So if our defense played so well, why did Houston lose?  I’d like to observe a simple stat.

TOV% is an advanced stat which states what percentage of Rockets offensive plays end in a turnover.  From 2004 to 2012, Houston had one season, 2006, where the turnover percentage was over 14%.  The current Rockets are at 16.8%.  If the Rockets were to maintain this rate of turnover, it would easily be the highest in at least 15 years, and possibly longer if I bothered to check any further.  Houston has had one game this season where we had less than 20 turnovers, and that was 18.  Tonight, the team gave up another 20, whether it was through sloppy passes by every Rocket who handled the ball, fumbled passes by Asik, or charges created by erratic drives.  While we must consider the factor that this is a young team, the current percentages are not remotely acceptable through the entire season even for this developing team.  Memphis took advantage of repeated turnovers to force the ball up and draw easy buckets, a process which was especially egregious during the traditional Houston siesta during the 3rd quarter.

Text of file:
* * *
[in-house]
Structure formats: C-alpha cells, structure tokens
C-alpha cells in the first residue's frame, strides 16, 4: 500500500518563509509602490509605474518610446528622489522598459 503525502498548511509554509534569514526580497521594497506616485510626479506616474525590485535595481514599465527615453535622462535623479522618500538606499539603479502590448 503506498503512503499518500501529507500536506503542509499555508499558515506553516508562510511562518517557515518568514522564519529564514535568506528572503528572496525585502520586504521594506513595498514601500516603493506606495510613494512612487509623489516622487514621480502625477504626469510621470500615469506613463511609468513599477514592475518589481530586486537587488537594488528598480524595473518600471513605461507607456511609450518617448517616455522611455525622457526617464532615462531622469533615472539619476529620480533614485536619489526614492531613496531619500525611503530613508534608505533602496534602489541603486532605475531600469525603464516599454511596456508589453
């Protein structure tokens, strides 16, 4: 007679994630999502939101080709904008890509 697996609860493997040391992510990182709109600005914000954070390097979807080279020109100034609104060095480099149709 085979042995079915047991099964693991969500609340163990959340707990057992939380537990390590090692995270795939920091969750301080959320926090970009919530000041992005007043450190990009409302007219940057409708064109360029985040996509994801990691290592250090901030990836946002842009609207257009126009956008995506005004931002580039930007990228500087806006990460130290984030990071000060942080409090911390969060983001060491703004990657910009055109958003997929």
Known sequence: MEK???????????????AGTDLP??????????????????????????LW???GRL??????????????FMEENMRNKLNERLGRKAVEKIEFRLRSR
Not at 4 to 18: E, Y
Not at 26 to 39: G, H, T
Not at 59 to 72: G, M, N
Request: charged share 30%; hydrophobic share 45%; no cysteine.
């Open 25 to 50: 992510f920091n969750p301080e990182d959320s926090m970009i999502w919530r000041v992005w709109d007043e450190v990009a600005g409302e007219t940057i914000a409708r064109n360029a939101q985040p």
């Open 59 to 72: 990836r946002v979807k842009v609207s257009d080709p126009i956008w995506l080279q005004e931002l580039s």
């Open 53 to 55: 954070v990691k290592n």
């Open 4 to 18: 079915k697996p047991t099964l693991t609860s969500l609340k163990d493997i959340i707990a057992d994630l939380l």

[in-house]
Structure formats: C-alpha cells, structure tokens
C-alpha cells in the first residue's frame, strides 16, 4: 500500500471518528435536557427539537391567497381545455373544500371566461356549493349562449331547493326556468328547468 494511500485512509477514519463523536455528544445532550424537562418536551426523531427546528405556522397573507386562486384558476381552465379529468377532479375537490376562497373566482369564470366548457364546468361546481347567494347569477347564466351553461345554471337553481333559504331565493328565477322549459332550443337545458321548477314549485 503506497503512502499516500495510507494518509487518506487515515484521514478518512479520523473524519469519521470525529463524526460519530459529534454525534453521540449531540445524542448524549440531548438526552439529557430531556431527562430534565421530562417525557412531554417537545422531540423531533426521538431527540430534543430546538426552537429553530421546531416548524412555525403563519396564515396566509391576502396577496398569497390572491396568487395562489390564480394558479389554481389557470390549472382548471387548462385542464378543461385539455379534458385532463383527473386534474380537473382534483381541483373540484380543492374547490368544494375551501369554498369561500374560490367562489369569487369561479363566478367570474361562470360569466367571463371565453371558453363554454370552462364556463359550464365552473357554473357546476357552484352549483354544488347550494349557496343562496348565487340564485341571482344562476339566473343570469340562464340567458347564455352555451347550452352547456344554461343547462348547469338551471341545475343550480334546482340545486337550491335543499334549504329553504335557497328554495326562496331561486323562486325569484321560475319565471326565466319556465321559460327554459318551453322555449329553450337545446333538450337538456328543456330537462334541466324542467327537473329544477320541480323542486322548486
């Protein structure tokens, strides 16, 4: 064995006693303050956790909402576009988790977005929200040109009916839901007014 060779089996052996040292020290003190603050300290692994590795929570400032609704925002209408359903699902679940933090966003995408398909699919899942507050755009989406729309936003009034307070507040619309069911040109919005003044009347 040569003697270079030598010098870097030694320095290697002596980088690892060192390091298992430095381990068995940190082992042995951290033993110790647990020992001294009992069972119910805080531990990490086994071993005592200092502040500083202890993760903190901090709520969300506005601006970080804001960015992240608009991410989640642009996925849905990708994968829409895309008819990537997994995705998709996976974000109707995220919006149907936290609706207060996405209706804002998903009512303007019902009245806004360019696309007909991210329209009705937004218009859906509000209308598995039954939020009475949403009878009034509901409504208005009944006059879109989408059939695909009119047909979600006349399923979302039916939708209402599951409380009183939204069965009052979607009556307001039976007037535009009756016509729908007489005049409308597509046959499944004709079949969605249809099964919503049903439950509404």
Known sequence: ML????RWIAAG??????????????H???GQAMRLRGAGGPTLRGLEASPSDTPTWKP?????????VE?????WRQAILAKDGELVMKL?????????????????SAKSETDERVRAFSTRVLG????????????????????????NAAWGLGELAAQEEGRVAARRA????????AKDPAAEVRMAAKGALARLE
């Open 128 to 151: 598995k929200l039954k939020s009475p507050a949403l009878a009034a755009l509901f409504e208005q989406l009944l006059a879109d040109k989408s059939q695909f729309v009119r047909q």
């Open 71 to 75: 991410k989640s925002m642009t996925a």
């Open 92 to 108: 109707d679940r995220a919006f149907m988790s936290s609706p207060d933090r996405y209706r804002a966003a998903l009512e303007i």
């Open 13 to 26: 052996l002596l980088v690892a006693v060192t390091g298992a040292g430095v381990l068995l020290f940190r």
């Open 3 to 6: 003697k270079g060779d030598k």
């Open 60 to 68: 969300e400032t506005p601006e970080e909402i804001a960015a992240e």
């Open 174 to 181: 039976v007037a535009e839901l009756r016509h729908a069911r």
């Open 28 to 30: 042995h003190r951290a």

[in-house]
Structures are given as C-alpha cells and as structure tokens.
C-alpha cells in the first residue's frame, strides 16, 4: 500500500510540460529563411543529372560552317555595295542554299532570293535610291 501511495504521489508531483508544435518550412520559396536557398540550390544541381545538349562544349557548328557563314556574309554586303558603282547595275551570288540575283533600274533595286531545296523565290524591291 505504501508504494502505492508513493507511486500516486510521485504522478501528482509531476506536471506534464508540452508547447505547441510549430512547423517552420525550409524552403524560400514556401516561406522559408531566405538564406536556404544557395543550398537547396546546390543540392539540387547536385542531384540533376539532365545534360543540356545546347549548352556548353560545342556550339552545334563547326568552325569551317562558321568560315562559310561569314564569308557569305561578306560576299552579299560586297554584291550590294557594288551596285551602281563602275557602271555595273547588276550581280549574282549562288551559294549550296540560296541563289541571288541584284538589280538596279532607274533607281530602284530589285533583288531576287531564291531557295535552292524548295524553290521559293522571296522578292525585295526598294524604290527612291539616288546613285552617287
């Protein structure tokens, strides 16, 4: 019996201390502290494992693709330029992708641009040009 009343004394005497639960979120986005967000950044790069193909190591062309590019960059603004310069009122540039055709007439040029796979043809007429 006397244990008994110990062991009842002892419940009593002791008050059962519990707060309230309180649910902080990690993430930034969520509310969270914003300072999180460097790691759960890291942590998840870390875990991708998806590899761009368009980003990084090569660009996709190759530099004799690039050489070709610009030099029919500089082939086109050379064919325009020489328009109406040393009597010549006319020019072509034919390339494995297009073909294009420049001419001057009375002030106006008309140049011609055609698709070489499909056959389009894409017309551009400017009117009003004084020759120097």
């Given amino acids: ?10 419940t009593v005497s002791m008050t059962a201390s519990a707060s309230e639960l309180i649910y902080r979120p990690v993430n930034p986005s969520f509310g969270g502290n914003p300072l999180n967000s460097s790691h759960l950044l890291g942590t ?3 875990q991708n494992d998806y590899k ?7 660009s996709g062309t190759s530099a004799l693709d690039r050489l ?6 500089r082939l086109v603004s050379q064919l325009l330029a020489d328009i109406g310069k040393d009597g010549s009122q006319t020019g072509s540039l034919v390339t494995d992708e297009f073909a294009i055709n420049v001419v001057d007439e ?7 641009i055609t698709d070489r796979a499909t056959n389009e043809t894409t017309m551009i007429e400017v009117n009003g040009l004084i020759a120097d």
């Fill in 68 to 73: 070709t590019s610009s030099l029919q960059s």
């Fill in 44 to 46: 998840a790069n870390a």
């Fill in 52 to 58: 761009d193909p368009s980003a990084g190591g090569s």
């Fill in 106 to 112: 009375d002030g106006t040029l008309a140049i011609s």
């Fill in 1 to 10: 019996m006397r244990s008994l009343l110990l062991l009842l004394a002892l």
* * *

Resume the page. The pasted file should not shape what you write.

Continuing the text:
In addition, while there are not enough words to praise Asik’s defense, he cannot be expected to guard against Mr. Gasol and Randolph by himself and grab the rebound every time.  However, Patterson has never been a reliable defensive rebounder, and Morris lacks the size to contend with them on the glass.  And while I do not share this concern to the extent that I know other Rockets fans do, the unwillingness of McHale to play even Terrence Jones after his stellar preseason and summer league is both peculiar and more than a bit unnerving.  The inability of the 4’s to rebound and the Rockets to pass accurately culminated in a Grizzlies outburst in the later 4th quarter where a 75-76 game transformed into a 75-87 lead that proved to be too much to overcome in the final few minutes.